The Des Moines Botanical Center cultivates plants and flowers under one of the biggest geodesic domes in the nation. The Center preserves a permanent collection of more than 1,000 different species of tropical and subtropical plants and cultivars, growing in their natural cycle; six thematic displays are presented each year. Living History Farms in nearby Urbandale is a 600-acre agricultural museum focusing on the history and future of farming in the Midwest; buildings, planting methods, and livestock are authentic to the five time periods represented. At Adventureland Park, more than 100 theme park rides and activities combine with permanent exhibits germane to Iowa. Salisbury House, a 42-room country manor, patterns itself after King's House of Salisbury, England, duplicating Renaissance luxury and splendor; it is owned by the Iowa State Education Association, which arranges tours. Temporarily closed in mid-2005 for interior renovations, the home had undergone exterior renovations two years prior. The Science Center of Iowa covers all fields of science; the center's new facility opened to the public in May 2005, featuring a 226-seat IMAX Dome Theater, a 175-seat theater for live performances, and a 50-foot Star Theater, in addition to six "experience platforms" and a changing exhibition platform. At Blank Park Zoo, where more than 1,400 animals from 104 different species inhabit 49 acres, special attractions include the Myron and Jackie Blank Discovery Center, featuring a butterfly garden and a bat cave.

Arts and Culture

One beneficiary of the city's development has been its cultural life. Funds have been invested to house the city's cultural institutions in architecturally significant facilities. The most impressive is the Des Moines Art Center, designed by international architects Eliel Saarinen, I. M. Pei, and Richard Meier. Housing art of the nineteenth and twentieth centuries in a permanent collection, the Center also sponsors international exhibits, educational programs, and film and music series. Nollen Plaza, adjacent to the Civic Center of Greater Des Moines, is a block-square amphitheater and park with a tree-lined "peace garden," a waterfall, and a reflecting pool; Claes Oldenburg's sculpture The Crusoe Umbrella is on view in the plaza.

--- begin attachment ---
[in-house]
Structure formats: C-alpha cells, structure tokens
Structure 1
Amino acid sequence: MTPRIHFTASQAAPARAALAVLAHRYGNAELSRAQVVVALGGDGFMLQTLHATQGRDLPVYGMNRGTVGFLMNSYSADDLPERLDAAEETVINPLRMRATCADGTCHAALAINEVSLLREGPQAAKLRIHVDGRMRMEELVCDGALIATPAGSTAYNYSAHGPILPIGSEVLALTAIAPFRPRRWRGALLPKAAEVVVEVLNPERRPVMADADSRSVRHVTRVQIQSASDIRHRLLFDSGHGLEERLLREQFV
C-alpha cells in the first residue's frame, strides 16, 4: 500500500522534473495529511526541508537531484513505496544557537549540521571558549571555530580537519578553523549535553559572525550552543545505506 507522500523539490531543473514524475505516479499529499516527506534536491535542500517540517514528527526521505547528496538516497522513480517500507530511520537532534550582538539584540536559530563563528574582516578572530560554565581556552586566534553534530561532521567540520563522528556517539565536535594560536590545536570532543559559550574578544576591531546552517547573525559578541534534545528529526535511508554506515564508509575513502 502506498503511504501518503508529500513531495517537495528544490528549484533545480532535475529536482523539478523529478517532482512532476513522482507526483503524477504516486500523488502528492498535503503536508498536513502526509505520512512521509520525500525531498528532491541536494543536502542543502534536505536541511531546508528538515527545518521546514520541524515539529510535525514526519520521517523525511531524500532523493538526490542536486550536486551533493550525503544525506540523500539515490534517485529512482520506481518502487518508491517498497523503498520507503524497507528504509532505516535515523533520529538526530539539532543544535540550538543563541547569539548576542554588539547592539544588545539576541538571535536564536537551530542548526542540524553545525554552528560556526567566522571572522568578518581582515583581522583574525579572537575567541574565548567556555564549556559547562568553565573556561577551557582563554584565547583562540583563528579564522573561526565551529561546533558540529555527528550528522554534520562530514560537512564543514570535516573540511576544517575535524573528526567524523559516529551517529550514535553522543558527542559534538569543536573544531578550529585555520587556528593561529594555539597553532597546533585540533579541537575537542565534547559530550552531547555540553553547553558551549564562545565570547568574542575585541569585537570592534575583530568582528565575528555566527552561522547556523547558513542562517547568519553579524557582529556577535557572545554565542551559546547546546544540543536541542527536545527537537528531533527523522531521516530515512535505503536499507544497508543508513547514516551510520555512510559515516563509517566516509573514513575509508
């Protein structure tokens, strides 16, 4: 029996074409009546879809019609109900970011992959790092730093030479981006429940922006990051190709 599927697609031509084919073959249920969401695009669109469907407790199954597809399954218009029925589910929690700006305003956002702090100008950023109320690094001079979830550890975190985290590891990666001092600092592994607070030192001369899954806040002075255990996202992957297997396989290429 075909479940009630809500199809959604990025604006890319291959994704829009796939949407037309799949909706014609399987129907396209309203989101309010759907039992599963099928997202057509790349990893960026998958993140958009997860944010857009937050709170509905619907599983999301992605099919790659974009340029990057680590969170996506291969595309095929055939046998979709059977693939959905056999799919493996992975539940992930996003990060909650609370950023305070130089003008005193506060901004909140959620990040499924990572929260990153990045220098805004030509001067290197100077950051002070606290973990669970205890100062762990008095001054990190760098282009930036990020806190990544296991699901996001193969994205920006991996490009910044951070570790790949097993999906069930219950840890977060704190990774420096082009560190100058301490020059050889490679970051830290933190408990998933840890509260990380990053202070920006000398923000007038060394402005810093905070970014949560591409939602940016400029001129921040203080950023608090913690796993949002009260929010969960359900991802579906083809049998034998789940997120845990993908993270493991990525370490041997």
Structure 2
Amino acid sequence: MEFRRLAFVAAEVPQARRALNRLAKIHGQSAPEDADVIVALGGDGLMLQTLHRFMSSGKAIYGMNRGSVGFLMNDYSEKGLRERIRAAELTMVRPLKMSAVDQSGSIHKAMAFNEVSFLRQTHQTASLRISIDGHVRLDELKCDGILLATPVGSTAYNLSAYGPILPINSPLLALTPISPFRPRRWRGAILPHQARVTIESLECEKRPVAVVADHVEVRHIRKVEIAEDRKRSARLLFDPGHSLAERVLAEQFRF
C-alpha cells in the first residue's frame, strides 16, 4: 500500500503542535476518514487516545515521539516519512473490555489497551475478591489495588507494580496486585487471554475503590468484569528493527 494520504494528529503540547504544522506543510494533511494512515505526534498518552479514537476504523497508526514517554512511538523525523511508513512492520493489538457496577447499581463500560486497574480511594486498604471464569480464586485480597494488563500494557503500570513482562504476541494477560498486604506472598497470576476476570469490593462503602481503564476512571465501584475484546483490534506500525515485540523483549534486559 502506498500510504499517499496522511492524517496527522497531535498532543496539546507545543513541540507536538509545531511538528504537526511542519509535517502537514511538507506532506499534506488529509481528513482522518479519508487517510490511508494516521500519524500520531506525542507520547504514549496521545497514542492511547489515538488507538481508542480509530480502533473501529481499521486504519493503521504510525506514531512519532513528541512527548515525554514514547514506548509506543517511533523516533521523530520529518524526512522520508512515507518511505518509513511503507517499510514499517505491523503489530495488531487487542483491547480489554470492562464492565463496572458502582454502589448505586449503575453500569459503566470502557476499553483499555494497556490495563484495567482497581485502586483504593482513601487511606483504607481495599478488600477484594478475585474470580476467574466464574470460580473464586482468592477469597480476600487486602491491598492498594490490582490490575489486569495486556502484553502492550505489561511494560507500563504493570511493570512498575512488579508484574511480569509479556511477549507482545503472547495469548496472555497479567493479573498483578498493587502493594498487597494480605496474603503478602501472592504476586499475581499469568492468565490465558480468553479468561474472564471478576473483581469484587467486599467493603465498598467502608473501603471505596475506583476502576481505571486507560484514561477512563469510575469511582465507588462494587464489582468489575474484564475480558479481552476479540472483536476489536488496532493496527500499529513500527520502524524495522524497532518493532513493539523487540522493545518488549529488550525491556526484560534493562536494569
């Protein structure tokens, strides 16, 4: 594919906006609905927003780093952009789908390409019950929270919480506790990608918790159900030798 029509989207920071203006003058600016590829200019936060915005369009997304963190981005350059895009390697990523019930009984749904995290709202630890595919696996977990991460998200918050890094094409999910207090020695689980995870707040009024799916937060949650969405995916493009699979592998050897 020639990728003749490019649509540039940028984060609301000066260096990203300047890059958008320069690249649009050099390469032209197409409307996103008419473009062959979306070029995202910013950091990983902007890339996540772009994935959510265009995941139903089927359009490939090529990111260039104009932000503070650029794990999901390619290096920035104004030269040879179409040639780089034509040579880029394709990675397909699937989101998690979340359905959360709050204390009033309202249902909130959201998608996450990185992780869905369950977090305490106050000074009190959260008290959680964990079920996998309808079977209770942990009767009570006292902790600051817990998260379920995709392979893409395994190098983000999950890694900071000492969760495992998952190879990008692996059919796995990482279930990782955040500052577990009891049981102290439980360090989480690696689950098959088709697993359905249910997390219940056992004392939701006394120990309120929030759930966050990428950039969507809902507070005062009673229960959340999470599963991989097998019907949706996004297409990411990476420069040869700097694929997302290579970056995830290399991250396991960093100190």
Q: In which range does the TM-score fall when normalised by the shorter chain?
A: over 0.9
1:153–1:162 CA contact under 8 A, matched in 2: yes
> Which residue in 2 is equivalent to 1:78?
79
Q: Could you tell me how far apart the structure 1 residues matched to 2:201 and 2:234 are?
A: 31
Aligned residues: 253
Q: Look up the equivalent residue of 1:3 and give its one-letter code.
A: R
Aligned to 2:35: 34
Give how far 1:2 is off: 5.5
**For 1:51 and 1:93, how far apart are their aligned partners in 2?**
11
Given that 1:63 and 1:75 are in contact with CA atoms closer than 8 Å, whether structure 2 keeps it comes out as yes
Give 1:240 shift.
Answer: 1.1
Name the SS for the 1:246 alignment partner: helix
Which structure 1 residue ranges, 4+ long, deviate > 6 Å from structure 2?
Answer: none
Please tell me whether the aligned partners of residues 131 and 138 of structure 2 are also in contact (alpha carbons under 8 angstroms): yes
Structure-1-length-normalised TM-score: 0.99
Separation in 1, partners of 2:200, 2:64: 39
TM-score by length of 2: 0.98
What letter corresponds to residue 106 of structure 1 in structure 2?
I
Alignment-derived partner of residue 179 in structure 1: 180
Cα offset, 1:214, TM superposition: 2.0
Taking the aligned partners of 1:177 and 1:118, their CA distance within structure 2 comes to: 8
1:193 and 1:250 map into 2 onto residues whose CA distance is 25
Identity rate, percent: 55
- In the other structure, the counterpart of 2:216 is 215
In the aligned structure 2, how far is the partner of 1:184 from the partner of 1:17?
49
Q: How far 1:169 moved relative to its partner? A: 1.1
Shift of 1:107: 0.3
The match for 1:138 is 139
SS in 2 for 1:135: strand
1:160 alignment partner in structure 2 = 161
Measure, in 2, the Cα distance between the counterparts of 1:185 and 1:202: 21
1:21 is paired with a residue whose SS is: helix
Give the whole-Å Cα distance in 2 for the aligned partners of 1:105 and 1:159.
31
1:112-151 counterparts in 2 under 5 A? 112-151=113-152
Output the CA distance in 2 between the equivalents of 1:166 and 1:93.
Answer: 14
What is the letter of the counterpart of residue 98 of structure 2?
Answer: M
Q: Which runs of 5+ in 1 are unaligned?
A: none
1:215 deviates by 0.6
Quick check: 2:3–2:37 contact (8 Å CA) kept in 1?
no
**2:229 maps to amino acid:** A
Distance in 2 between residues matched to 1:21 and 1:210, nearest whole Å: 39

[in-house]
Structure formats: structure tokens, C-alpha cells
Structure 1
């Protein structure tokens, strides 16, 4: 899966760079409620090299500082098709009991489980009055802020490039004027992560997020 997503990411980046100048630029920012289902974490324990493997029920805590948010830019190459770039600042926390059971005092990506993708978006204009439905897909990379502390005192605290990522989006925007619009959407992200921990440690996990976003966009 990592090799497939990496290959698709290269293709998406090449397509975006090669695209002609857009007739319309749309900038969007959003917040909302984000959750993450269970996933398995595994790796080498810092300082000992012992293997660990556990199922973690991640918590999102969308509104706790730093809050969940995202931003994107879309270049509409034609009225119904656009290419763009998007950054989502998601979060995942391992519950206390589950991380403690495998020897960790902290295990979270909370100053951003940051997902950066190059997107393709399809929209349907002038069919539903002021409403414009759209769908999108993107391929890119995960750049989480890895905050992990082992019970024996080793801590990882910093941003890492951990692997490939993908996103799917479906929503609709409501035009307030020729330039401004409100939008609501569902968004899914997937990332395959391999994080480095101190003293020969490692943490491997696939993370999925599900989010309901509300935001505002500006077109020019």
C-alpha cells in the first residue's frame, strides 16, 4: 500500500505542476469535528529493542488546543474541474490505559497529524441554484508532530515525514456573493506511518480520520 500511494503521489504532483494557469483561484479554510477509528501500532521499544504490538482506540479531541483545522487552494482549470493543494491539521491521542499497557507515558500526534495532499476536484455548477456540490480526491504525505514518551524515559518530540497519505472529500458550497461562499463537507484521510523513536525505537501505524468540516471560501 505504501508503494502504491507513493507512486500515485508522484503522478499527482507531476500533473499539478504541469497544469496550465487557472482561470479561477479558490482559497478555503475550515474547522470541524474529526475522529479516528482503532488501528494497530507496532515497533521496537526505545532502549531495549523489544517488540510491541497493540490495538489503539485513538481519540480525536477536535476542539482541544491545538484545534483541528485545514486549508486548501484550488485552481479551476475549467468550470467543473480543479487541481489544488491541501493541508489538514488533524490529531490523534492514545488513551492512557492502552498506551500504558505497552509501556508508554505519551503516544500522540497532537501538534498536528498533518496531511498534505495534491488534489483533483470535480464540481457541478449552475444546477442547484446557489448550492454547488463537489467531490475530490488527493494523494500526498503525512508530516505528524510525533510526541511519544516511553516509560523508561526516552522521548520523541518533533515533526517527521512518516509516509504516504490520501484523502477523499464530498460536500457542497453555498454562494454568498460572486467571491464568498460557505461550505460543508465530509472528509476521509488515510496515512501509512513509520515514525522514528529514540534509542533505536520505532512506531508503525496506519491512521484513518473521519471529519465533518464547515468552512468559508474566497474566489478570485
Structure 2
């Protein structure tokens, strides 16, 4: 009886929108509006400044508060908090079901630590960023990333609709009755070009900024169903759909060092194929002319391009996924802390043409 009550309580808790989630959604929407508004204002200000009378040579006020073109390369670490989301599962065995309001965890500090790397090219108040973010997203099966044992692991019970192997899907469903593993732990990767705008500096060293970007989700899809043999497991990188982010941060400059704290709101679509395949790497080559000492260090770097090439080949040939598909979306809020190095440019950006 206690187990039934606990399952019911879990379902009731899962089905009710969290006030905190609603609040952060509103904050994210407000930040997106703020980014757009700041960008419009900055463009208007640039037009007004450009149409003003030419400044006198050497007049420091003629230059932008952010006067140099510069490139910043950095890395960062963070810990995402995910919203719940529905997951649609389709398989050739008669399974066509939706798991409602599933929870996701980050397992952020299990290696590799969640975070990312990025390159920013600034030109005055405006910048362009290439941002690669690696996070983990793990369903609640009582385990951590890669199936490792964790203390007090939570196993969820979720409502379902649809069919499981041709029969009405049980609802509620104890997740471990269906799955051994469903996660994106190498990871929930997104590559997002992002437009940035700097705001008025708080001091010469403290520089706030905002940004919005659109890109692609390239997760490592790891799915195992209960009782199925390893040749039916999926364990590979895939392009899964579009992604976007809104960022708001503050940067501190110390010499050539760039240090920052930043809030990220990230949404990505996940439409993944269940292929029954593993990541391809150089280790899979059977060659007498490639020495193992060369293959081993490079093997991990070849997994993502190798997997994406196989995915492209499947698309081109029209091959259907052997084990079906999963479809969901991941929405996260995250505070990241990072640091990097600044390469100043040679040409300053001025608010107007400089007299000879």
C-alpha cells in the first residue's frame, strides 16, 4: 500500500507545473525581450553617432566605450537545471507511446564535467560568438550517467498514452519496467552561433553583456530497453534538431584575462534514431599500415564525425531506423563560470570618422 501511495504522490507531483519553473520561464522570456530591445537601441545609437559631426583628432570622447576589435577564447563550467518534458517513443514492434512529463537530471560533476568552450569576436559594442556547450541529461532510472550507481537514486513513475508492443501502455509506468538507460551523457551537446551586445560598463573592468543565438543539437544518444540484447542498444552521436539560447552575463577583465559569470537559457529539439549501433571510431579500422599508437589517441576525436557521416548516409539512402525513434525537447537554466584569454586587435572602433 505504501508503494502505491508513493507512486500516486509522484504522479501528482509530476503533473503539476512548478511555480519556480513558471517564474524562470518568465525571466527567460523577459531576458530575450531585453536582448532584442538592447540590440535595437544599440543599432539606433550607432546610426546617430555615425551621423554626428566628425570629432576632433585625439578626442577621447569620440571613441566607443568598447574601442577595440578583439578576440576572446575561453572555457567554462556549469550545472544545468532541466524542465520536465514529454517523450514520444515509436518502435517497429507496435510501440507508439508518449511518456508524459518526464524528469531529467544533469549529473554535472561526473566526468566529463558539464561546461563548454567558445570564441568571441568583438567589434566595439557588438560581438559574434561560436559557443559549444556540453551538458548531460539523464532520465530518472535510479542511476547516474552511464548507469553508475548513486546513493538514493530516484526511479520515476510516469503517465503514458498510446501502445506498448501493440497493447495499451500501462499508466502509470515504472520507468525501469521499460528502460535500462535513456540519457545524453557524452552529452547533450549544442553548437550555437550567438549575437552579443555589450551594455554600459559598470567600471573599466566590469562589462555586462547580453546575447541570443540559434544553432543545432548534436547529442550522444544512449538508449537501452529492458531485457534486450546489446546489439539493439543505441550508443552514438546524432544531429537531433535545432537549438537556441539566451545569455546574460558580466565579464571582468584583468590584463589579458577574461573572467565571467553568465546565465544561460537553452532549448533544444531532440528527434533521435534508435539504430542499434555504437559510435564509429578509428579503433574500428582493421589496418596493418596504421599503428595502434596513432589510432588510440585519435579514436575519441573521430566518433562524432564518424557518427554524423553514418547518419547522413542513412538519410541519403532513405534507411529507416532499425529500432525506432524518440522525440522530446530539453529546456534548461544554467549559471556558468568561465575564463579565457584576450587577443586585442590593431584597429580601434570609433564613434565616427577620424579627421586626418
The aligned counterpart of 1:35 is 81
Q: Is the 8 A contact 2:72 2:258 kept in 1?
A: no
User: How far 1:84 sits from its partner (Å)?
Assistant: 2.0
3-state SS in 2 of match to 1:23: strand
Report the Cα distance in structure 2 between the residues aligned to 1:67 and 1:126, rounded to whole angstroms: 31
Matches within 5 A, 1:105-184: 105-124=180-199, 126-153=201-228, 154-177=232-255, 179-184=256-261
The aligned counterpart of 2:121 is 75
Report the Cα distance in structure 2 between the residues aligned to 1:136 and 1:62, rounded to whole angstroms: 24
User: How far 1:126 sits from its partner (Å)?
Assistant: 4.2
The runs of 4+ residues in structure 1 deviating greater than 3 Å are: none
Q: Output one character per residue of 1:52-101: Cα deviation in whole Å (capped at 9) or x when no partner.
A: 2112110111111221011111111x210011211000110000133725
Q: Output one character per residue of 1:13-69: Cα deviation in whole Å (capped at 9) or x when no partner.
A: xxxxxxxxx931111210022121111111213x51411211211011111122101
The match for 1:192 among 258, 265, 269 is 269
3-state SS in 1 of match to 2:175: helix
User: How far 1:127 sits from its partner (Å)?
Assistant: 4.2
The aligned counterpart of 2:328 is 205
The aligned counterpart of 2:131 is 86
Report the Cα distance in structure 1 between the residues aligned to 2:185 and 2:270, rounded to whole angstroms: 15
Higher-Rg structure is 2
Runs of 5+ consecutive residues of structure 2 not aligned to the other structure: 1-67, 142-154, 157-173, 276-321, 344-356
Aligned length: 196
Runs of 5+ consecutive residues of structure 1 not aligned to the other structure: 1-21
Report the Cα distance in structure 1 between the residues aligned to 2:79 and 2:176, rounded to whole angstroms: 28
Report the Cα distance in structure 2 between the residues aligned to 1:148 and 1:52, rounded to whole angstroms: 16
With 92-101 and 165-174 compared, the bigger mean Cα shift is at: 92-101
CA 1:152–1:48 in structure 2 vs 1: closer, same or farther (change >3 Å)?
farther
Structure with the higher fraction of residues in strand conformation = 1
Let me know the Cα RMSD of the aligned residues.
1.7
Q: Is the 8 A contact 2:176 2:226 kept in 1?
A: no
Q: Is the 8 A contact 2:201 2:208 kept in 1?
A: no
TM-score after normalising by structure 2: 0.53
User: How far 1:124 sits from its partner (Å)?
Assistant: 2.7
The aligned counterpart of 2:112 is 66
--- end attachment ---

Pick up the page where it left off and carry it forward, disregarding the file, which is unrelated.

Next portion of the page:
The Des Moines Symphony performs at the Civic Center. The Des Moines Playhouse produces a main stage season of drama, musicals, and light drama as well as Theatre for Young People. The Ingersoll Dinner Theater presents a ten-show season, which features local and guest artists in Broadway musicals and plays, in addition to special attractions.

Festivals and Holidays

In February the downtown skywalk is transformed into a 54-par putt-putt golf course for a tournament with more than 1,300 players competing for prizes. The Drake Relays Downtown Festival, a week-long celebration in April, pits city corporations against one another in the "Fake Relays"; other festival events include a whimsical "most beautiful bulldog" contest, mascot relays, and musical entertainment. The Des Moines Arts Festival features three days of art, entertainment, and children's activities in late June. July's Taste of Des Moines offers visitors a taste of local fare. Summer ends with the Iowa State Fair in August. The Festival of Trees raises money for a local hospital with the decorating of 100 downtown trees in November during Thanksgiving week.

Sports for the Spectator

For nearly 100 years, the Drake Relays hold the distinction of being the country's largest such event, with more than 200 colleges and universities participating from nearly every state and more than 60 countries. The relays, held in Drake Stadium at Drake University the last weekend in April, sell out each year; the competition also includes track and field events. A variety of other events are held throughout the city, making the Relays the focal point for an entire festival.

In addition to the Drake Relays, Drake University offers sporting events, including basketball, football, soccer, tennis, track, crew, softball, and golf.

The Iowa Cubs, the National League Chicago Cubs's top farm team, compete in baseball's Triple A international professional baseball league at Sec Taylor Field at Principal Park. The Des Moines Menace offer soccer action at Waukee Stadium, and the Des Moines Buccaneers, part of the United States Hockey League, play at Buccaneer Arena.

Sports for the Participant

The Des Moines Parks and Recreation Department maintains 62 city parks with a variety of facilities, including softball fields, horseshoe pits, volleyball courts, tennis courts, fitness and bicycle trails, golf courses, trails, soccer fields, play equipment, swimming pools, community centers, gardens, and an amphitheater. The city offers swimming and tennis lessons and arts and crafts programs; softball, volleyball, and tennis leagues are also sponsored by the recreation department. The Des Moines metro area offers nearly 100 public tennis courts, and many golf courses, swimming pools, and country clubs. Both indoor and outdoor sports can be enjoyed during the winter at community center gyms and ice rinks. Swimming, water skiing, fishing, and boating are popular at local rivers and lakes.

Shopping and Dining